Thursday, March 19, 2015

JavaFX on mobile, a dream come true!

Hi there!

It seems is time for a new post, but not a long and boring one as usual. I'll post briefly about my first experience bringing JavaFX to Google Play store.

Yes, I made it with 2048FX, a JavaFX version of the original game 2048, by Gabriel Cirulli, that Bruno Borges and I started last year.

Now, thanks to the outstanding work of JavaFXPorts project, I've adapted that version so it could be ported to Android. 

And with the very last version of their plugin, I've managed to succesfully submit it to Google Play store.

After a week in beta testing mode, today the app is in production, so you can go and download it to your Android device, and test it for yourself.

For those of you eager to get the app, this is the link. Go and get it, and add a nice review ;)

If you want to read about the process to make it possible, please keep on reading. These are the topics I'll cover in this post:
  • 2048FX, the game
  • JavaFXPorts and their mobile plugin
  • New Gluon plugin for NetBeans
  • 2048FX on Android
  • Google Play Store

2048FX, the game


Many of you will now for sure about the 2048 game by Gabriel Cirulli. Last year it was a hit.
Many of us got really addicted to it...


In case you are not one of those, the game is about moving numbers in a 4x4 grid,  and when equal numbers clash while moving the blocks (up/down/left/right), they merge and numbers are added up. The goal is reaching the 2048 tile (though you can keep going on looking for bigger ones!).

At that time, Bruno started a Java/JavaFX 8 version, given that the game was open sourced. I jumped in inmediately, and in a few weeks we had a nice JavaFX working version


Since we used (and learned) the great new features of Java 8, we thought it was a good proposal for JavaOne, and we end up presenting it in a talk (video) and doing a Hands on Lab session.

And we'll talk about it again next week at JavaLand. If you happen to be there, don't miss our talk

JavaFXPorts and their mobile plugin


Since the very beginning of JavaFX (2+), going mobile has been on the top of list of the most wanted features. We've dreamed with the possibility of making true the WORA slogan, and it's only recently since the appearance of the JavaFXPorts project, that this dream has come true.

Led by Johan Vos, he and his team have given to the community the missing piece, so now we can jump to mobile devices with the (almost) same projects we develop for desktop.

While Johan started this adventure at the end of 2013, his work on porting JavaFX to Android, based on the OpenJFX project, has been evolving constantly during 2014, until recently in Febrary 2015 he announced a join effort between his company, LodgOn, and Trillian Mobile, the company behind RoboVM, the open source project to port JavaFX to iOS.

As a result, jfxmobile-plugin, the one and only gradle JavaFX plugin for mobile was created and freely available through the JavaFXPorts repository.

With this plugin you can target from one single project three different platforms: Desktop, Android and iOS.

An it's as simple as this sample of build.gradle:
 
buildscript {
    repositories {
        jcenter()
    }
    dependencies {
        classpath 'org.javafxports:jfxmobile-plugin:1.0.0-b5'
    }
}

apply plugin: 'org.javafxports.jfxmobile'

repositories {
    jcenter()
}

mainClassName = 'org.javafxports.project.MainApplicationFX'

jfxmobile {
    ios {
        forceLinkClasses = [ 'org.javafxports.**.*' ]
    }
}

For Android devices, it is required Android SDK, and Android build-tools as you can read here. The rest of the depencencies (like Dalvik SDK and the Retrolambda plugin) are taking care by the plugin itself.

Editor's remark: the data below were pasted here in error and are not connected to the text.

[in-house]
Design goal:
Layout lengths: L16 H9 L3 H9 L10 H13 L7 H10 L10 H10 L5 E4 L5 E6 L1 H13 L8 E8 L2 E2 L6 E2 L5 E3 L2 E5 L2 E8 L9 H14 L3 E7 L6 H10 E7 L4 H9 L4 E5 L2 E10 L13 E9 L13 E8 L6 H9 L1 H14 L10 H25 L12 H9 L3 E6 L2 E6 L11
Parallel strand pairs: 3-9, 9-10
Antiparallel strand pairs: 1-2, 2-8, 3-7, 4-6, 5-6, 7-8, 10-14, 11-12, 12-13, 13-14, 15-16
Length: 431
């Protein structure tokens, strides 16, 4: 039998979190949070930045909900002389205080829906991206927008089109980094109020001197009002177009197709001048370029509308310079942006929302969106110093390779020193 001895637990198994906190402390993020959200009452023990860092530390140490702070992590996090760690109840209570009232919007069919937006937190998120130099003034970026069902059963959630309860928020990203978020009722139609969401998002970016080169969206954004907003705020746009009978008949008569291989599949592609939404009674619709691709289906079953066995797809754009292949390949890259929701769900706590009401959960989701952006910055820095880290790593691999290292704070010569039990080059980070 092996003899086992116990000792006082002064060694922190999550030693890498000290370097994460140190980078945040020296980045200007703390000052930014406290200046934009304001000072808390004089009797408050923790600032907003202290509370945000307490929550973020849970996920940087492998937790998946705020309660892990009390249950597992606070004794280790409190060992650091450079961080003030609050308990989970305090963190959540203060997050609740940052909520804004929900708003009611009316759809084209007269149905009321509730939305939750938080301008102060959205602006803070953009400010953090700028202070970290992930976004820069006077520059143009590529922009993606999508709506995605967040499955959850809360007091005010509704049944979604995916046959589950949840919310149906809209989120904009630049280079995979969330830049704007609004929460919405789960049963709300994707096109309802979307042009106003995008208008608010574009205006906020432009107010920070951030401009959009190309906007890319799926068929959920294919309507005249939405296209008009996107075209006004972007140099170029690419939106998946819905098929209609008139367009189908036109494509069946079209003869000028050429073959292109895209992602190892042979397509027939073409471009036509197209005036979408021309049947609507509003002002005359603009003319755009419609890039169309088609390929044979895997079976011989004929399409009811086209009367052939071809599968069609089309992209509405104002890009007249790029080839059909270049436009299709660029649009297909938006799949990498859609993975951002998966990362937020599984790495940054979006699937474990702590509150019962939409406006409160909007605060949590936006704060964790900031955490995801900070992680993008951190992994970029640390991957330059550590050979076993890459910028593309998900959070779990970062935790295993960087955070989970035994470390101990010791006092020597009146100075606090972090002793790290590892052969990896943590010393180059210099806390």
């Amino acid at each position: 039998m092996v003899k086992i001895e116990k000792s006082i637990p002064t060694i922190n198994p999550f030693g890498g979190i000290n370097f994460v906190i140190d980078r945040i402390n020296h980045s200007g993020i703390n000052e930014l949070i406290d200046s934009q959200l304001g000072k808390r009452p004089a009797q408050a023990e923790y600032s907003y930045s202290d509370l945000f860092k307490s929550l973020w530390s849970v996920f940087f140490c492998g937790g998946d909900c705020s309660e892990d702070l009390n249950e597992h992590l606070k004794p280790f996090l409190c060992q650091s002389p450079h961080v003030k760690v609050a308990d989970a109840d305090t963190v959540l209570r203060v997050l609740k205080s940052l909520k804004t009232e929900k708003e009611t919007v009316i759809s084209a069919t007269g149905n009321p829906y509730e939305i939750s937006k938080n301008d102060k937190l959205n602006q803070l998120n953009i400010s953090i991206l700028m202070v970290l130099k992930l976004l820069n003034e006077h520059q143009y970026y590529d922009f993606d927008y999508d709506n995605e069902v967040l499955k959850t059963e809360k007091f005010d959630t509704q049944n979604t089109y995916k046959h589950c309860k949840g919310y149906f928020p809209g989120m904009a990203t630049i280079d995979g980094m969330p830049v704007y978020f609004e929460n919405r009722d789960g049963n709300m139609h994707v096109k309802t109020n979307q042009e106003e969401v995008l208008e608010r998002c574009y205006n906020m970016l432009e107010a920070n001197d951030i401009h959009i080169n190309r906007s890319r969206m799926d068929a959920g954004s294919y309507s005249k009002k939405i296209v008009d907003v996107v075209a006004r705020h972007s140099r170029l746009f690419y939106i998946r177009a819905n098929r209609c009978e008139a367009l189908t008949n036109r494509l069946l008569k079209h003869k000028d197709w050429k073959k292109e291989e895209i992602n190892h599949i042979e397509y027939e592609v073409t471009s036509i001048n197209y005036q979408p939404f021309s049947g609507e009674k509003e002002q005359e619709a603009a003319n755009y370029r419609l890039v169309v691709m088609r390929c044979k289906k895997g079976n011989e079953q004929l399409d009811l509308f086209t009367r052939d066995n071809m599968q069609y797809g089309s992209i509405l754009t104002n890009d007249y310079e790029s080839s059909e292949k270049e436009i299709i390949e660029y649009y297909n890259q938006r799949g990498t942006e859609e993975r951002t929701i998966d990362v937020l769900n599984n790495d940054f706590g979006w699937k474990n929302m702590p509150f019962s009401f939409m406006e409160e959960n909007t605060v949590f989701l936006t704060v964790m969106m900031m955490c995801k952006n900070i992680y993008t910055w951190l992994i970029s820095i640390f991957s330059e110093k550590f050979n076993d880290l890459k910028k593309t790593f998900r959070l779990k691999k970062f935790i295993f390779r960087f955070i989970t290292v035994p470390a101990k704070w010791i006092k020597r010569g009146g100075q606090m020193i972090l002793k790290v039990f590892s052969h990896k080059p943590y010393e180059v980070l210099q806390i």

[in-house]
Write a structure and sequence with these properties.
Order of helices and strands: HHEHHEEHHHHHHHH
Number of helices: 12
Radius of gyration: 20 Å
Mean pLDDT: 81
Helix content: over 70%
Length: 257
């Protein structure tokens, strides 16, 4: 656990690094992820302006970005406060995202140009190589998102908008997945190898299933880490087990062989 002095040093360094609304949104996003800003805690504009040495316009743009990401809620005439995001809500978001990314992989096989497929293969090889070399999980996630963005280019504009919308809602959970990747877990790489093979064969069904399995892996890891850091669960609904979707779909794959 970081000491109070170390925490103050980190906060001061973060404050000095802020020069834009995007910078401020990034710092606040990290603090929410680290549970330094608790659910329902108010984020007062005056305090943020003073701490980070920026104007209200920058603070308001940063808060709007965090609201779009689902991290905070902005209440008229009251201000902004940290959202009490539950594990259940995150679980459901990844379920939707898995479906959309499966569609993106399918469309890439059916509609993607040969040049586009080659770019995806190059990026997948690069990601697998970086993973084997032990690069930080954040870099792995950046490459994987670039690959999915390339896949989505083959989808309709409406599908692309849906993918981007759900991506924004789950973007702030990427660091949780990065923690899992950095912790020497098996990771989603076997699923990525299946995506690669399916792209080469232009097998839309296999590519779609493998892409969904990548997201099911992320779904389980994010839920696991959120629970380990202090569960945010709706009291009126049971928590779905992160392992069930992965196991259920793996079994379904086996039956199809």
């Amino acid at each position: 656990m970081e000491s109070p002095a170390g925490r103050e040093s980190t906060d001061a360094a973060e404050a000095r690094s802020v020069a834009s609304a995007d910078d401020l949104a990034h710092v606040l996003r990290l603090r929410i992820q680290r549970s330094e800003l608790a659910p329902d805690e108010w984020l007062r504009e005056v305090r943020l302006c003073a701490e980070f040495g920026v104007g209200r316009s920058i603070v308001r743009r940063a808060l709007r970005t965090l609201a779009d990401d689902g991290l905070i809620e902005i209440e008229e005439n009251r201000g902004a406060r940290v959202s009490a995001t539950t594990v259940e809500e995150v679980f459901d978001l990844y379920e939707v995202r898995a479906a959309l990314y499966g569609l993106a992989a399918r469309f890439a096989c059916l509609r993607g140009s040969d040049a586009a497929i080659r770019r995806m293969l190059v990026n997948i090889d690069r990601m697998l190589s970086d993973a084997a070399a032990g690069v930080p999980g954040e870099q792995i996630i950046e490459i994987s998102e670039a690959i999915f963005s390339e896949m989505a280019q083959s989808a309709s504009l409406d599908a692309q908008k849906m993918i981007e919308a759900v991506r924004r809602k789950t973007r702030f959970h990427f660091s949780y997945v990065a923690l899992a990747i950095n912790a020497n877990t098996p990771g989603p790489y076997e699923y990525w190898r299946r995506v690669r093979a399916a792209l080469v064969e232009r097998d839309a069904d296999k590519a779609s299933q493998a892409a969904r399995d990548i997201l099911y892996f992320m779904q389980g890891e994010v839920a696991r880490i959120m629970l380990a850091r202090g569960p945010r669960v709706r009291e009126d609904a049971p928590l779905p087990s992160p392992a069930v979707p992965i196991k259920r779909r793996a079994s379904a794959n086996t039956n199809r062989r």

Note the plugin version 1.0.0-b5 is constantly evolving, and at the time of this writting 1.0.0-b7 is now available. Check this frequently to keep it updated.

With this plugin, several tasks are added to your project, and you can run any of them. Among others, these are the main ones:
  • ./gradlew android creates an Android package
  • ./gradlew androidInstall installs your Android application on an Android device that is connected to your development system via a USB cable.
  • ./gradlew launchIOSDevice launches your application on an iOS device that is connected to your development system
  • ./gradlew run launches your application on your development system.

New Gluon plugin for NetBeans


Setting up a complex project, with three different platforms can be a hard task. Until now,  the best approach (at least the one I followed) was cloning the HelloPlatform sample, and changing the project and package names.

But recently, a new company called Gluon, with Johan as one of his founding fathers,  has released a NetBeans plugin that extremelly simplifies this task.

Once you have installed the plugin, just create a JavaFX new project, and select Basic Gluon Application.



Select valid names for project, packages and main class, and you will find a bunch of folders in your new project:


Change the jfxmobile-plugin version to 1.0.0-b5 (or the most recent one), select one of the tasks mentioned before, and see for yourself.

 2048FX on Android


I've been using previous versions of the plugin, and it was a hard task to get everything working nicely. In fact, I had a working version of 2048FX on Android before the announcement of the jfxmobile-plugin. But it was a separated project from the desktop one.

Now with the plugin, everything binds together magically. So I have a single project with the desktop and the android version of the game.

Java 8?


There's a main drawback in all this process: Dalvik VM doesn't support Java 8 new features. For Lambdas, we can use the Retrolambda plugin, that takes care of converting them to Java 6 compatible bytecode. But Streams or Optional are not supported. This means that you have to manually backport them to Java 6/7 compatible version.